• Use an implementation assessment tool for measuring schools' progress in implementing the RTI framework.
  • Train district and school staffs on how to implement the RTI framework and how to use the implementation assessment tool.
  • Use implementation data to determine which components of the RTI framework schools are struggling to implement and provide them with support and training to improve implementation fidelity.

School leaders

  • Encourage staff buy-in by emphasizing the importance of early intervention and of providing all students with academic support through implementation of an RTI framework.
  • Examine the RTI framework to determine that all core components are in place for supporting students struggling with reading.
  • Ensure that the school staff understands the importance of implementing each component of the RTI framework as intended and has received adequate training to do so.
  • Collect data through an implementation assessment tool and conduct observations; staff members should meet regularly to examine the data.
  • Use implementation data to develop and create action plans for school improvement.

How TDOE is developing and measuring its own RTI framework

REL AP is partnering with TDOE to support implementation of its RTI2 framework. Our Early Literacy partnership is developing and piloting a research-based RTI implementation assessment tool aligned with the RTI2 model. TDOE staff plans to use the tool to determine the fidelity of schools' implementation of key RTI2 practices and use that information to determine necessary training and supports, as well as help assess the impact of implementation of the RTI2 model on students' academic outcomes. Stay tuned for the release of Tennessee's refined RTI2 handbook and the implementation assessment tool!


Interested in learning more about RTI and effective implementation of RTI practices?

  • This infographic and Stated Briefly report describe how REL Midwest worked with Milwaukee Public Schools to monitor and measure RTI implementation to target school improvement efforts.
  • This IES practice guide details the core components of an RTI framework for reading and the level of evidence for each component.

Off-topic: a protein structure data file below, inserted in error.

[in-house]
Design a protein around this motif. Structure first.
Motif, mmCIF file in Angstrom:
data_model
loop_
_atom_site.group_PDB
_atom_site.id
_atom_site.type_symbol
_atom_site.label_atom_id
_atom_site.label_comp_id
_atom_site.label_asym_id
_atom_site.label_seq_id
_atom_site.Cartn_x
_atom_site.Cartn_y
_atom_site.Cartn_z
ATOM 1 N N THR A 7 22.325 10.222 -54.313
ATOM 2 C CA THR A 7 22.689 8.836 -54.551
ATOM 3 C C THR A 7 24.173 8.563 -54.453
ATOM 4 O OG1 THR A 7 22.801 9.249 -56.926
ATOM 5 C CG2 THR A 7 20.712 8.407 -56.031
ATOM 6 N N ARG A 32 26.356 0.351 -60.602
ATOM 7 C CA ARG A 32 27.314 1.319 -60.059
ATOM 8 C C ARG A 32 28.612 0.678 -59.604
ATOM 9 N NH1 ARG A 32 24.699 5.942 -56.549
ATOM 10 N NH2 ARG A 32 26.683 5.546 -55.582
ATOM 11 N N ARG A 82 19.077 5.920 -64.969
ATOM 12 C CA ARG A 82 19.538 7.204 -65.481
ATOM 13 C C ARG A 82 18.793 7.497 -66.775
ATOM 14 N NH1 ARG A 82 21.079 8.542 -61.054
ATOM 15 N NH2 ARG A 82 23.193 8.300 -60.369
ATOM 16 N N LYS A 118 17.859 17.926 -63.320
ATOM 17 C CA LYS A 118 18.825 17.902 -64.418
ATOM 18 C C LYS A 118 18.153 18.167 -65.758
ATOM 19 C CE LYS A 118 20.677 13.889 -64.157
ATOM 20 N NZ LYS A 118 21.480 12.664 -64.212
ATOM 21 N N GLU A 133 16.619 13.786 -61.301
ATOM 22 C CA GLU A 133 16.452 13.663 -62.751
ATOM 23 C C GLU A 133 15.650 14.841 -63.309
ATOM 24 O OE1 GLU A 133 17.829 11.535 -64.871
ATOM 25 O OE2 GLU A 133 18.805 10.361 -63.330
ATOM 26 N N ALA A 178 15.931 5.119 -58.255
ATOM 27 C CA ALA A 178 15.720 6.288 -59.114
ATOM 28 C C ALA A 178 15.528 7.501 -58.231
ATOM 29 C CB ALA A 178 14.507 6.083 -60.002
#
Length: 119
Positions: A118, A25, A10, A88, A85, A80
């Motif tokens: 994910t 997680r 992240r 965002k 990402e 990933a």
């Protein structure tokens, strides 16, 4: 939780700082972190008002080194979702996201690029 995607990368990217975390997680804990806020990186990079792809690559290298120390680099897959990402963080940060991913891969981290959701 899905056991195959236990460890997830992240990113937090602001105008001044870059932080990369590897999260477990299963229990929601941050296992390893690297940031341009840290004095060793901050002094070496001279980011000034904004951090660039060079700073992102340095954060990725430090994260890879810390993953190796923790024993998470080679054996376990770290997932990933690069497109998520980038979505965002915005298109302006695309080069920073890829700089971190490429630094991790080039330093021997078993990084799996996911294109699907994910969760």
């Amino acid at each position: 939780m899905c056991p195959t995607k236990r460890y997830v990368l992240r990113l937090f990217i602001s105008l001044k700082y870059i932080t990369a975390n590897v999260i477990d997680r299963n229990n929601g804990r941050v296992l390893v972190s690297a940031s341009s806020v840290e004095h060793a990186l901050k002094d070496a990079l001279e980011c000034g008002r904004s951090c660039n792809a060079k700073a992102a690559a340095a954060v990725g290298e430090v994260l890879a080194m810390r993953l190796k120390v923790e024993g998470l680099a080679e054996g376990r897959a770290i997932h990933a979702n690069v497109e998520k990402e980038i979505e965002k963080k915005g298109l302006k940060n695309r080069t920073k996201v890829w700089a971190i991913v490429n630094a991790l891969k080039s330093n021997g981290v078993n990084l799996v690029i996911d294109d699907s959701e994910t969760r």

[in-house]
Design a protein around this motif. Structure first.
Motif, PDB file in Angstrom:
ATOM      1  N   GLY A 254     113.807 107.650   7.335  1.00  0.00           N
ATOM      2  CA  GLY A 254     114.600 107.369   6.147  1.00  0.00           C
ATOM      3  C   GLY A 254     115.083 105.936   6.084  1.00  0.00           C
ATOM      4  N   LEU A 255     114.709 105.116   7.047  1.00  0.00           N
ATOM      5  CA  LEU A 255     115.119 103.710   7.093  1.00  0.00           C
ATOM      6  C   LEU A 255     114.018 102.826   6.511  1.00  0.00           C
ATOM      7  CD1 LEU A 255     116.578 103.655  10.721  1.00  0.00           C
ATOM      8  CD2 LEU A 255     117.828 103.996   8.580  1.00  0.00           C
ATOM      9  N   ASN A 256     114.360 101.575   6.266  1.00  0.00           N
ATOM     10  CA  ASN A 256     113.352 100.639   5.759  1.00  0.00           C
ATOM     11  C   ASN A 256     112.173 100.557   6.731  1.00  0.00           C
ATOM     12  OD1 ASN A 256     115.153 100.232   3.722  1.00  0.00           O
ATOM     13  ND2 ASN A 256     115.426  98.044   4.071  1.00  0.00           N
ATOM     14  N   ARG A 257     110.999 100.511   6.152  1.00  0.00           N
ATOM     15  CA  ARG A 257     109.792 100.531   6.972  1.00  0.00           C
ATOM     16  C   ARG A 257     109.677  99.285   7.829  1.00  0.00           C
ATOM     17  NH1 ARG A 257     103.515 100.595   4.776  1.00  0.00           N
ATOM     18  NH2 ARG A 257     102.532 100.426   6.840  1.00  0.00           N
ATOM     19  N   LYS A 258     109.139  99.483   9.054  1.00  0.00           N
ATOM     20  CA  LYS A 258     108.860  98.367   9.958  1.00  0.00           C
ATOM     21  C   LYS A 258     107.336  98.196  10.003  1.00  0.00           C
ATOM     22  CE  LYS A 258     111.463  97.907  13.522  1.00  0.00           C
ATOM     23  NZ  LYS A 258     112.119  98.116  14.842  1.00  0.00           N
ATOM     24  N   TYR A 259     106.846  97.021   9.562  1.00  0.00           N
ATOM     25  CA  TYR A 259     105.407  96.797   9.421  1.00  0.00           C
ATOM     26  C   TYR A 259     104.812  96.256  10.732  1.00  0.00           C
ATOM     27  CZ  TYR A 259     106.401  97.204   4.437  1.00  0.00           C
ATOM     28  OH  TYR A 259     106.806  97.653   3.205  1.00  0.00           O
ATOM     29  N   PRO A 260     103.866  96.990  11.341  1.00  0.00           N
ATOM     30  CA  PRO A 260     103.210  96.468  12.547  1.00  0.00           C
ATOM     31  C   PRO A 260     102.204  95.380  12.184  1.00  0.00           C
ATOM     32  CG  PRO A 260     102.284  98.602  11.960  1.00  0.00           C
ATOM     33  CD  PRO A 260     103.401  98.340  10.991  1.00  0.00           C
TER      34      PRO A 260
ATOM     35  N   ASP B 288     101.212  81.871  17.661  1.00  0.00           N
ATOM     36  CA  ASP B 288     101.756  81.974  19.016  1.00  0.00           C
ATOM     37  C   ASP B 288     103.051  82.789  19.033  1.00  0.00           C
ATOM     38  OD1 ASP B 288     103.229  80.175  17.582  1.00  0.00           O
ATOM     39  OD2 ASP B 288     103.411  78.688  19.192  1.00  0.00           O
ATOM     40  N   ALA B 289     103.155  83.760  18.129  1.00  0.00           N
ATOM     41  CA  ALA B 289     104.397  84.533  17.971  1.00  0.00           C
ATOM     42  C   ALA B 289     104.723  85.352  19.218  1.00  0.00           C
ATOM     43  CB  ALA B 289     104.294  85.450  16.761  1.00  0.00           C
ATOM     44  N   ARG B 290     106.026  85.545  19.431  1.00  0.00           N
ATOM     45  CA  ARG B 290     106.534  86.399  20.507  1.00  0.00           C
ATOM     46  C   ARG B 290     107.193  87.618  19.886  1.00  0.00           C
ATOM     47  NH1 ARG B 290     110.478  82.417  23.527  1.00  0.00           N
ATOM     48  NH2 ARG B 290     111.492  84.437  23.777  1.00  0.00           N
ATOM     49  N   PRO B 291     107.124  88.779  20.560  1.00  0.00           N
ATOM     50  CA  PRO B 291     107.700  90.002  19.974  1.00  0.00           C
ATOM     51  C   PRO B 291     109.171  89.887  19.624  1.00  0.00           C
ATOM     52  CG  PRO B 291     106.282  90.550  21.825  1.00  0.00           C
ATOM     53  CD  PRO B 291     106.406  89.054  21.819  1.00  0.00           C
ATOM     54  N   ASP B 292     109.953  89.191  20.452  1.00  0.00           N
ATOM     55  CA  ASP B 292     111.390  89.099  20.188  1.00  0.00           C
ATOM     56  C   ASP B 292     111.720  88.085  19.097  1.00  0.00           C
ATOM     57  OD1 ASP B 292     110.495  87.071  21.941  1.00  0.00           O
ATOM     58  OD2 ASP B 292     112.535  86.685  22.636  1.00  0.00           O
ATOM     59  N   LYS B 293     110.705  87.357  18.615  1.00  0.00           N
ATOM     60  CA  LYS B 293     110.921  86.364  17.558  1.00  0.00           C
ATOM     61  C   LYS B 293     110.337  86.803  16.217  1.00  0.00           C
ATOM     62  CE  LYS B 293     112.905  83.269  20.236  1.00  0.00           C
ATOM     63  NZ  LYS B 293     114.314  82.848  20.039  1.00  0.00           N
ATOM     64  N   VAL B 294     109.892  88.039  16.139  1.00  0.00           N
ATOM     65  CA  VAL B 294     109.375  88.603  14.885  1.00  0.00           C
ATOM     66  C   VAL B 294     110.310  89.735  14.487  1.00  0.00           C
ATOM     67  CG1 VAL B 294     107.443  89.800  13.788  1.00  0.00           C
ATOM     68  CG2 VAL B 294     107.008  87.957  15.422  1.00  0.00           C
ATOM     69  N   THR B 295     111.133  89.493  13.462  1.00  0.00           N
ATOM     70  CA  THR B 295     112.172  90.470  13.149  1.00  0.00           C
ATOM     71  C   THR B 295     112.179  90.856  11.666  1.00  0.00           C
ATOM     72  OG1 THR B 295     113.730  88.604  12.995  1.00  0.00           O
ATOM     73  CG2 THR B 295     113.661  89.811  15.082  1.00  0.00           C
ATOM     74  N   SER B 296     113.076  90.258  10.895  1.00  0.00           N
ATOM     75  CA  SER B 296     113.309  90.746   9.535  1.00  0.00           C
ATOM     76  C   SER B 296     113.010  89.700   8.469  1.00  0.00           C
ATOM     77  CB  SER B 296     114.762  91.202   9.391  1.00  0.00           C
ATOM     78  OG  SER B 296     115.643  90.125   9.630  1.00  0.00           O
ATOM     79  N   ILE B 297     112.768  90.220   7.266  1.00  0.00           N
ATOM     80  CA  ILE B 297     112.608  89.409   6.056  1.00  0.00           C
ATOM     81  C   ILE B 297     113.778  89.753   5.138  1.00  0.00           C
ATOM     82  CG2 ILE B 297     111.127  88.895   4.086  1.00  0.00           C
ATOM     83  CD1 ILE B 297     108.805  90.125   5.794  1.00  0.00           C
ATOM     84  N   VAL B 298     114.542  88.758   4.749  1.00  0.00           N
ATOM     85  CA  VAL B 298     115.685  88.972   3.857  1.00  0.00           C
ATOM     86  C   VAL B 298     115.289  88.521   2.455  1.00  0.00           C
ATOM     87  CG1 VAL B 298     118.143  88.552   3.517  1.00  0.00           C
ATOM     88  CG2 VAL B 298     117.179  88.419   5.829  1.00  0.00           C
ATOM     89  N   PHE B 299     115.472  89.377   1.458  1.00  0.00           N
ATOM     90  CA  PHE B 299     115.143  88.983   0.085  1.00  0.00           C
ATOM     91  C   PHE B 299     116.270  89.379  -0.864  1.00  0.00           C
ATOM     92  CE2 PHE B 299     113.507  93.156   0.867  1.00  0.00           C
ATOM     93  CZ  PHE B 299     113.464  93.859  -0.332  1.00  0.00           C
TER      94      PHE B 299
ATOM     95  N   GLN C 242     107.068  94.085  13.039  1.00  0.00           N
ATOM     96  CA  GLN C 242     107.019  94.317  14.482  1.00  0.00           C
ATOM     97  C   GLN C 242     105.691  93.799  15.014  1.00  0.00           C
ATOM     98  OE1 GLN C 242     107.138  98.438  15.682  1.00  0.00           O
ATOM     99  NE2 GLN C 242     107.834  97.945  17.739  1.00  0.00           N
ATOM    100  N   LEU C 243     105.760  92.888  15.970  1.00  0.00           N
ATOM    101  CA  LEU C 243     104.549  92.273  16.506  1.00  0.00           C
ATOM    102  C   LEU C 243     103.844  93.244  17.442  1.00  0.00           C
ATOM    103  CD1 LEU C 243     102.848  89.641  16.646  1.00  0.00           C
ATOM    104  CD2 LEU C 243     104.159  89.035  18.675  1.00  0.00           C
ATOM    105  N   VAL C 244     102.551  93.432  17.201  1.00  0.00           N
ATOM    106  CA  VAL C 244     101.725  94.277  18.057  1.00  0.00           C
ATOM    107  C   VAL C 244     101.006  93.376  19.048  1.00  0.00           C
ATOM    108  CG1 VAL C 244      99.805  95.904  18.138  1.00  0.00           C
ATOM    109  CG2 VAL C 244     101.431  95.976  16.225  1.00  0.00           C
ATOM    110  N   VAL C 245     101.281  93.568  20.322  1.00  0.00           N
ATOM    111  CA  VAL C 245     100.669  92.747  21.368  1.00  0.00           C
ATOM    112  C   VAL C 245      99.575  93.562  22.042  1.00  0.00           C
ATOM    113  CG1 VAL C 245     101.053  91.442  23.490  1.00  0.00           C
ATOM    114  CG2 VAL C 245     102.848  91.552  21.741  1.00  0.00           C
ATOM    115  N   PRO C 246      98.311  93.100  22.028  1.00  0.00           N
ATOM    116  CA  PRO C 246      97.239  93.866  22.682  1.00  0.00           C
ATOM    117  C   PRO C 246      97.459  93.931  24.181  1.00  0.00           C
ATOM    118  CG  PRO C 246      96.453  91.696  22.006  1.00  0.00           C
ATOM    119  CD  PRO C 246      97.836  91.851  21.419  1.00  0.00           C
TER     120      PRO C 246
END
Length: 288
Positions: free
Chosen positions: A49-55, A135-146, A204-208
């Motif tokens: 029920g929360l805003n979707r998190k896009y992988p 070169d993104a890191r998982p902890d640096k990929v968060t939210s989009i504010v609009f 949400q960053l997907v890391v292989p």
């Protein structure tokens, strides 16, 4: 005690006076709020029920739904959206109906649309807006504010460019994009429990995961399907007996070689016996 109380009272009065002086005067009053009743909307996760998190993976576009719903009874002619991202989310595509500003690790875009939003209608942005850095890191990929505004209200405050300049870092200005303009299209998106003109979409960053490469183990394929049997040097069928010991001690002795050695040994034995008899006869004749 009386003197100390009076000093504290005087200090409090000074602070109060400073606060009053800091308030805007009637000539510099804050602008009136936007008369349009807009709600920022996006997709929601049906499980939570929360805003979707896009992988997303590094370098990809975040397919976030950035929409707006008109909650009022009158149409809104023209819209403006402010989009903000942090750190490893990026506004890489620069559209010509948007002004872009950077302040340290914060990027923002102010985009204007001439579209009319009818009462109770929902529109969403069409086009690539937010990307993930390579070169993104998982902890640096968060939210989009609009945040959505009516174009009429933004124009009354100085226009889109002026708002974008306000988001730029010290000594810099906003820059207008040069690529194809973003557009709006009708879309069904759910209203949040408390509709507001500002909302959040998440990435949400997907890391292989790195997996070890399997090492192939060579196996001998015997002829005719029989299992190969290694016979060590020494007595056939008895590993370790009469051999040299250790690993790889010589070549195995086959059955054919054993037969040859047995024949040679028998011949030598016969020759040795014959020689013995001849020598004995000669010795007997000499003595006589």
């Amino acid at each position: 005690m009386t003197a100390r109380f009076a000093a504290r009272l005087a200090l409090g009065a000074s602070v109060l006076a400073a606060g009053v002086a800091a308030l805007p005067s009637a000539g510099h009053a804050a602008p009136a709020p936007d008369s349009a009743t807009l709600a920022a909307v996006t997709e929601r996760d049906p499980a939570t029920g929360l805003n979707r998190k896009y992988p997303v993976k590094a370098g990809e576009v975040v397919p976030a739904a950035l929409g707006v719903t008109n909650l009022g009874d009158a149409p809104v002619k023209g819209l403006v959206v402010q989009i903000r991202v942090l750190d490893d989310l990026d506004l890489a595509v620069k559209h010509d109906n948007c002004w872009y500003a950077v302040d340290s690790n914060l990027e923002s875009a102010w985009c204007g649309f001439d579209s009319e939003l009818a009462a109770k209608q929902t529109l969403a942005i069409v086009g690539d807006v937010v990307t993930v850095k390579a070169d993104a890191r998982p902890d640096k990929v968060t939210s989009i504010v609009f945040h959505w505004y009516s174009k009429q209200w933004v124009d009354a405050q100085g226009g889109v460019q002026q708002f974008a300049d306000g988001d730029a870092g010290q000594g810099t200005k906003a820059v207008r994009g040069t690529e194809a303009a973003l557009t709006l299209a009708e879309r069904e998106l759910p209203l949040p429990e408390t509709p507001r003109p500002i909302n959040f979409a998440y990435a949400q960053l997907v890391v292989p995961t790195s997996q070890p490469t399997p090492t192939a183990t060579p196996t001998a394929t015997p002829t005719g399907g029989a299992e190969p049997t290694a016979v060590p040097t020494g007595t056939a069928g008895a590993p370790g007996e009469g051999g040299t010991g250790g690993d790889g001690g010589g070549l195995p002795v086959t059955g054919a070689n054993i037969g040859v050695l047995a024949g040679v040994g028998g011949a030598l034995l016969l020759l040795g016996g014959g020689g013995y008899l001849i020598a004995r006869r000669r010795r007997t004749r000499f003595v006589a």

• This blog from REL Appalachia provides resources to help educators in other state and local education agencies implement an MTSS, RTI, and/or PBIS framework using diverse delivery methods.
  • This Ask A REL Response provides information on RTI/multi-tiered systems of support implementation and the impact on student achievement.
  • This infographic gives additional information on RTI and other tiered models of support being implemented in schools


1Fiester, L. (2010). Early warning! Why reading by the end of third grade matters. KIDS COUNT special report. Baltimore, MD: Annie E. Casey Foundation. Retrieved from

2Hernandez, D. J. (2011). Double jeopardy: How third-grade reading skills and poverty influence high school graduation. Baltimore, MD: The Annie E. Casey Foundation. Retrieved from

3Gersten, R., Newman-Gonchar, R. A., Haymond, K. S., & Dimino, J. (2017). What is the evidence base to support reading interventions for improving student outcomes in grades 1–3? (REL 2017–271). Washington, DC: U.S. Department of Education, Institute of Education Sciences, National Center for Education Evaluation and Regional Assistance, Regional Educational Laboratory Southeast. Retrieved from

4Gersten, R., Compton, D., Connor, C. M., Dimino, J., Santoro, L., Linan-Thompson, S., & Tilly, W. D. (2008). Assisting students struggling with reading: Response to intervention and multi-tier intervention for reading in the primary grades. A practice guide. (NCEE 2009–4045). Washington, DC: National Center for Edu¬cation Evaluation and Regional Assistance, Institute of Education Sciences, U.S. Department of Education. Retrieved from .

5Gersten, R., Compton, D., Connor, C. M., Dimino, J., Santoro, L., Linan-Thompson, S., & Tilly, W. D. (2008). Assisting students struggling with reading: Response to intervention and multi-tier intervention for reading in the primary grades. A practice guide. (NCEE 2009-4045). Washington, DC: National Center for Edu¬cation Evaluation and Regional Assistance, Institute of Education Sciences, U.S. Department of Education. Retrieved from